Turning Government Data Into Gold: The Interface Between EU Competition Law and the Public Sector Information Directive – With Some Comments on the Compass-case

Björn Lundqvist

Publikation: Working paperForskning


This short article is triggered by the recently delivered preliminary ruling by the CJEU in the Compass case. The case is important since it raises difficult questions regarding when a public sector body should benefit from the application of EU competition law in general and is specifically interesting for those public sector bodies that create the essential information needed for the growing Public Sector Information industry. The main issue discussed in the
article is when public sector bodies should be considered “undertakings”, under EU competition law. The substantive issue of the case being whether the specific conduct under scrutiny, i.e. the disbursement of public sector information for remuneration, is an economic activity or not. In light of the Compass case, the author argues that the underlying doctrine, derived from quite a number of CJEU cases, needs to be narrowed down and tightened so that public sector bodies are exempted as not conducting economic activities only when the scrutinized activity truly forms a part of the essential function of the State. The CJEU should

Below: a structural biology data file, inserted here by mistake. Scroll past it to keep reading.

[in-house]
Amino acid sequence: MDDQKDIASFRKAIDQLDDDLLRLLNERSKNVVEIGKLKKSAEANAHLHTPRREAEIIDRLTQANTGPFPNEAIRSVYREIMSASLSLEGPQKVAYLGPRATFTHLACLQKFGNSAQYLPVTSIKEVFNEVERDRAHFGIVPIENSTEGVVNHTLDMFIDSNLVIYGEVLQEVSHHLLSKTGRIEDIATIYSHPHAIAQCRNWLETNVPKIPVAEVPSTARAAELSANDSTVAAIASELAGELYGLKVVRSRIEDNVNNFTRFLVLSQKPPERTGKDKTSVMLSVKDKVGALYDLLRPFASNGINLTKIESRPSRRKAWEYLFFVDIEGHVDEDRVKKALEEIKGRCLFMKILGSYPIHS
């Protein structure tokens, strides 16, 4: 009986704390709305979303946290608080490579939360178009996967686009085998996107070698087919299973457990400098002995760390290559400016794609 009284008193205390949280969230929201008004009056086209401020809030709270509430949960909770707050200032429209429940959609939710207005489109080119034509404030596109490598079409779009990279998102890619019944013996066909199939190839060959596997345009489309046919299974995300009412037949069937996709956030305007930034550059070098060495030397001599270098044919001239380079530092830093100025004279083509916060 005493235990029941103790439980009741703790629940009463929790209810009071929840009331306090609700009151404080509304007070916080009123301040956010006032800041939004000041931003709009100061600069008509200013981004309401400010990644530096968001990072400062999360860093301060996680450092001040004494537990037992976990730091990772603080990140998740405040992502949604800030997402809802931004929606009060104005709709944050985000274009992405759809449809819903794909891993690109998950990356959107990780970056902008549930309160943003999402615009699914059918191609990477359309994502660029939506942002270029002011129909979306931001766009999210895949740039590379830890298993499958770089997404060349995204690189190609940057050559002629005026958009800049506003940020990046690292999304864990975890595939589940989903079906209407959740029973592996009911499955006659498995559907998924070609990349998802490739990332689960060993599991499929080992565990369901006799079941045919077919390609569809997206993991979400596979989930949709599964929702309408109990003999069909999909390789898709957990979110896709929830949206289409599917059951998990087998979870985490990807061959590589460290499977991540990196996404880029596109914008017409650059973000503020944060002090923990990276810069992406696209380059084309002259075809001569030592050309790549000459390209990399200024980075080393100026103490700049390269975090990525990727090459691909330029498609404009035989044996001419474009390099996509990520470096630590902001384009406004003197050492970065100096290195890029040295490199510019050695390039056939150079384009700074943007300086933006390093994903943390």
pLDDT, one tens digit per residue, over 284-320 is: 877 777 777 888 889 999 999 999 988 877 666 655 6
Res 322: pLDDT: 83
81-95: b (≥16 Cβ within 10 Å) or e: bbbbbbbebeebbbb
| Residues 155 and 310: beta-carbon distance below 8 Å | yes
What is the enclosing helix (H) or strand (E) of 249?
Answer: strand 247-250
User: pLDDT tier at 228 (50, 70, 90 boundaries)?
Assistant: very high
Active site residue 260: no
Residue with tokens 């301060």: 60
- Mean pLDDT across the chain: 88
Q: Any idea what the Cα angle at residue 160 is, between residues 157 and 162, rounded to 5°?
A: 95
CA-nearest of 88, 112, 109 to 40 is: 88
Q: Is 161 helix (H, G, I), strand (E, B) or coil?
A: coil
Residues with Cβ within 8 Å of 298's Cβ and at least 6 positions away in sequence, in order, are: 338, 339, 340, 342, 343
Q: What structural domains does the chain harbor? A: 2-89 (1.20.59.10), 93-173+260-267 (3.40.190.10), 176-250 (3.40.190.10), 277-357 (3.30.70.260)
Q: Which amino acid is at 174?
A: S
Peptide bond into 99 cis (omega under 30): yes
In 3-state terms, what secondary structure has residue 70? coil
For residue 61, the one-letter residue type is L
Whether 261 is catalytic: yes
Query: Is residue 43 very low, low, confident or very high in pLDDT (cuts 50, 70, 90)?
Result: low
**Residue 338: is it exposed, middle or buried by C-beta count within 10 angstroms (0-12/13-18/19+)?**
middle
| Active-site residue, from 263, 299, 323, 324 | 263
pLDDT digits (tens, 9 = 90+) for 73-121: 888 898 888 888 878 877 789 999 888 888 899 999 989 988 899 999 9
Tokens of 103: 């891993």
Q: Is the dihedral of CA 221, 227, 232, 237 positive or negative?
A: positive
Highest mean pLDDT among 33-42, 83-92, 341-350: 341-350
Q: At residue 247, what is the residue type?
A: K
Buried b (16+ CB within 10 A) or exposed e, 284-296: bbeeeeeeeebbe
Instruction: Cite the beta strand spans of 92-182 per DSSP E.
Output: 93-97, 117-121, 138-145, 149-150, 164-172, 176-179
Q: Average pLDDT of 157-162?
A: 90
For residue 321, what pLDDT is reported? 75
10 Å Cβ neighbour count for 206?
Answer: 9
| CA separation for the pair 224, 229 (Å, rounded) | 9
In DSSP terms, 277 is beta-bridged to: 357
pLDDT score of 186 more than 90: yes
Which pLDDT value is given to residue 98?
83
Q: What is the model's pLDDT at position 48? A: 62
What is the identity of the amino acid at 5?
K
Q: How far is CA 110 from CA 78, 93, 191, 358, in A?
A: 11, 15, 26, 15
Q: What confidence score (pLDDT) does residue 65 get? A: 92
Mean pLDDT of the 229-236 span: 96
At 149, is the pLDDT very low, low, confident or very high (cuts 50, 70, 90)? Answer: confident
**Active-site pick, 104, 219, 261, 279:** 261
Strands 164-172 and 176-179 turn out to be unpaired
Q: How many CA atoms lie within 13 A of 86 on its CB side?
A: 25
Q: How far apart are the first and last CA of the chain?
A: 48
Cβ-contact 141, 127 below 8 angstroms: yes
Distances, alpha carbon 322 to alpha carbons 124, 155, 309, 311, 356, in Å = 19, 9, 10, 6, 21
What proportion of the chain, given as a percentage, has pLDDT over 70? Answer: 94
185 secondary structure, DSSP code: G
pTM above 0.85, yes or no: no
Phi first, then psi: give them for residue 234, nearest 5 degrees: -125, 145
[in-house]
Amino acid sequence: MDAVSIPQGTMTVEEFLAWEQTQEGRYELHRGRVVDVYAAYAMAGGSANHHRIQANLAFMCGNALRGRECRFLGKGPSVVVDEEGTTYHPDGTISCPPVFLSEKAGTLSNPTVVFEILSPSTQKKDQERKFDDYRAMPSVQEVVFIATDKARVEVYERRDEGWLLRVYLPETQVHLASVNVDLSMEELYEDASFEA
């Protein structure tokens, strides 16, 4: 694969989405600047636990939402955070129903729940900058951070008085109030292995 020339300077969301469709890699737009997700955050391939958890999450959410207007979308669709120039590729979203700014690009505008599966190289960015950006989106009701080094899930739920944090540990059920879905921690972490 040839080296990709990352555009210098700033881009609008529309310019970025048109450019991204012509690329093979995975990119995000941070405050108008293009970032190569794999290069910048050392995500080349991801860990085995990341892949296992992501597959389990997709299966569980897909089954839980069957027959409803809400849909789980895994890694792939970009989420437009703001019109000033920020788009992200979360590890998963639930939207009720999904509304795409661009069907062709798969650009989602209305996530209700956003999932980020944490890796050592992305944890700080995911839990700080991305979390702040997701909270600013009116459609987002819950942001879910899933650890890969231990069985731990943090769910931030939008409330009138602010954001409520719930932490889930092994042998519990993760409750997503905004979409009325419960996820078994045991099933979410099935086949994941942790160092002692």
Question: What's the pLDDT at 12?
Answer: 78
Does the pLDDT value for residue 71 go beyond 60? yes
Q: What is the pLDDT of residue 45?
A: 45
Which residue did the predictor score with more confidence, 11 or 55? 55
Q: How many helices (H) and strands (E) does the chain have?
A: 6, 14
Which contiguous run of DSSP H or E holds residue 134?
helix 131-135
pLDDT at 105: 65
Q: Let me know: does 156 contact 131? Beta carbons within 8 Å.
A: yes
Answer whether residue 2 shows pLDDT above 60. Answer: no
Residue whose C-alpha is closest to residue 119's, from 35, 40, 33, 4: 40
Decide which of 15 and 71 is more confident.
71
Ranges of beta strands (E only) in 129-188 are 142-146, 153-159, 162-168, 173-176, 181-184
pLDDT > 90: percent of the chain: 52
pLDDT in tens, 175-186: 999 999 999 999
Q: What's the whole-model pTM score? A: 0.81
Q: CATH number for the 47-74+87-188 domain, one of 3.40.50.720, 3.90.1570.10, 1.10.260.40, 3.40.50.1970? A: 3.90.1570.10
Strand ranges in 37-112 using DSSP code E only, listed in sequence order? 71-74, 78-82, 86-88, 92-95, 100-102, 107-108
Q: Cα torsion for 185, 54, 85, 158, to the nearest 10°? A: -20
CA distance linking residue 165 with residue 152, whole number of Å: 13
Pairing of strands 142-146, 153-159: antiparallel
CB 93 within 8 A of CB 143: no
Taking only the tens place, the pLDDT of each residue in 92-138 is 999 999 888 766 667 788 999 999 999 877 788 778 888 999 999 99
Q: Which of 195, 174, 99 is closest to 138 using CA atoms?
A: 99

thereby refine the current case law regarding the dichotomy between undertakings, which benefit from the application of competition law, and public or private bodies, that perform acts of sovereign public power and thereto connected conduct, which do not. EU competition law should prevail if a public sector body or a private body conduct an activity that creates or is conducted on a market, irrespective if that body simultaneously conducts a public task, as
long as it is not a conduct of public power.
UdgiverSSRN: Social Science Research Network
Antal sider14
StatusUdgivet - 2012


  • EU Competition Law
  • Undertaking
  • Public Sector Information
  • PSI
  • Compass and Compass-case